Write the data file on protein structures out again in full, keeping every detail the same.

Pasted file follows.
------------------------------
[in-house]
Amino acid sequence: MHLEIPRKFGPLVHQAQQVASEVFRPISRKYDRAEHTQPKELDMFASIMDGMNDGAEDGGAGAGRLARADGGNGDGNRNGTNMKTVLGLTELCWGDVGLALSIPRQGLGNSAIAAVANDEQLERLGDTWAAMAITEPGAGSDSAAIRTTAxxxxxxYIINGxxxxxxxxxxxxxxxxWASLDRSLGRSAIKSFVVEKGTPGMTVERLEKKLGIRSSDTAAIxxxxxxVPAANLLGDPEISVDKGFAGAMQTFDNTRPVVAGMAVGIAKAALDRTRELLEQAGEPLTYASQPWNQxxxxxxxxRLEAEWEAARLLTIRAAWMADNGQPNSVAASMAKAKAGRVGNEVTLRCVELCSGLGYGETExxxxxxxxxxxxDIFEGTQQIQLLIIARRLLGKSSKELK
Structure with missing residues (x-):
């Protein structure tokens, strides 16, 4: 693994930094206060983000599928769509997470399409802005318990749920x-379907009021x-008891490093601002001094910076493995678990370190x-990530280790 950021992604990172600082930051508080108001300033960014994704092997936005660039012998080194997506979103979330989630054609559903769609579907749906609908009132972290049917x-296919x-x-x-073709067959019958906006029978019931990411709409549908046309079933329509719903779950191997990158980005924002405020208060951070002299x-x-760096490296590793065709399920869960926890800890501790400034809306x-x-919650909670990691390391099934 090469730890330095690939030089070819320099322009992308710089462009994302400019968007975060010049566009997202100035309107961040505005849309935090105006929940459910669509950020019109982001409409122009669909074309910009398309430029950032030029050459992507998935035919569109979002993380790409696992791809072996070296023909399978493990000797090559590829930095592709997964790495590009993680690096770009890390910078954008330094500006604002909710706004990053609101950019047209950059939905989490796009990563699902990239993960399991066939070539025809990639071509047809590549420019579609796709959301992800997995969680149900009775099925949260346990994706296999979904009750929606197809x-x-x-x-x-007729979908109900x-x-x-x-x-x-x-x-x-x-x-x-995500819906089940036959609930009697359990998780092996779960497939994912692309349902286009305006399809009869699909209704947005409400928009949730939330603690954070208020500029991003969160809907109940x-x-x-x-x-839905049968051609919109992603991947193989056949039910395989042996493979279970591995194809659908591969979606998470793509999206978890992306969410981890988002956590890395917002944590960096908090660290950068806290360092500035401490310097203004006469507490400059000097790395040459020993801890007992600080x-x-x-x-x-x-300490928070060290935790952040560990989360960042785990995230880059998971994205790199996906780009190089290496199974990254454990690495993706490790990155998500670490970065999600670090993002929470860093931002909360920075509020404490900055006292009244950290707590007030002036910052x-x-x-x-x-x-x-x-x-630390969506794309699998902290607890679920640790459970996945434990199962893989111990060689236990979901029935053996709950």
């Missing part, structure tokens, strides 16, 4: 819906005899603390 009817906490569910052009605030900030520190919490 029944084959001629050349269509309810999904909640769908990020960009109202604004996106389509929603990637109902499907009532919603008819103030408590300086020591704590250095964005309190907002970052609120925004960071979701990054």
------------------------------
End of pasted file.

[in-house]
Amino acid sequence: MHLEIPRKFGPLVHQAQQVASEVFRPISRKYDRAEHTQPKELDMFASIMDGMNDGAEDGGAGAGRLARADGGNGDGNRNGTNMKTVLGLTELCWGDVGLALSIPRQGLGNSAIAAVANDEQLERLGDTWAAMAITEPGAGSDSAAIRTTAxxxxxxYIINGxxxxxxxxxxxxxxxxWASLDRSLGRSAIKSFVVEKGTPGMTVERLEKKLGIRSSDTAAIxxxxxxVPAANLLGDPEISVDKGFAGAMQTFDNTRPVVAGMAVGIAKAALDRTRELLEQAGEPLTYASQPWNQxxxxxxxxRLEAEWEAARLLTIRAAWMADNGQPNSVAASMAKAKAGRVGNEVTLRCVELCSGLGYGETExxxxxxxxxxxxDIFEGTQQIQLLIIARRLLGKSSKELK
Structure with missing residues (x-):
């Protein structure tokens, strides 16, 4: 693994930094206060983000599928769509997470399409802005318990749920x-379907009021x-008891490093601002001094910076493995678990370190x-990530280790 950021992604990172600082930051508080108001300033960014994704092997936005660039012998080194997506979103979330989630054609559903769609579907749906609908009132972290049917x-296919x-x-x-073709067959019958906006029978019931990411709409549908046309079933329509719903779950191997990158980005924002405020208060951070002299x-x-760096490296590793065709399920869960926890800890501790400034809306x-x-919650909670990691390391099934 090469730890330095690939030089070819320099322009992308710089462009994302400019968007975060010049566009997202100035309107961040505005849309935090105006929940459910669509950020019109982001409409122009669909074309910009398309430029950032030029050459992507998935035919569109979002993380790409696992791809072996070296023909399978493990000797090559590829930095592709997964790495590009993680690096770009890390910078954008330094500006604002909710706004990053609101950019047209950059939905989490796009990563699902990239993960399991066939070539025809990639071509047809590549420019579609796709959301992800997995969680149900009775099925949260346990994706296999979904009750929606197809x-x-x-x-x-007729979908109900x-x-x-x-x-x-x-x-x-x-x-x-995500819906089940036959609930009697359990998780092996779960497939994912692309349902286009305006399809009869699909209704947005409400928009949730939330603690954070208020500029991003969160809907109940x-x-x-x-x-839905049968051609919109992603991947193989056949039910395989042996493979279970591995194809659908591969979606998470793509999206978890992306969410981890988002956590890395917002944590960096908090660290950068806290360092500035401490310097203004006469507490400059000097790395040459020993801890007992600080x-x-x-x-x-x-300490928070060290935790952040560990989360960042785990995230880059998971994205790199996906780009190089290496199974990254454990690495993706490790990155998500670490970065999600670090993002929470860093931002909360920075509020404490900055006292009244950290707590007030002036910052x-x-x-x-x-x-x-x-x-630390969506794309699998902290607890679920640790459970996945434990199962893989111990060689236990979901029935053996709950």
């Missing part, structure tokens, strides 16, 4: 819906005899603390 009817906490569910052009605030900030520190919490 029944084959001629050349269509309810999904909640769908990020960009109202604004996106389509929603990637109902499907009532919603008819103030408590300086020591704590250095964005309190907002970052609120925004960071979701990054």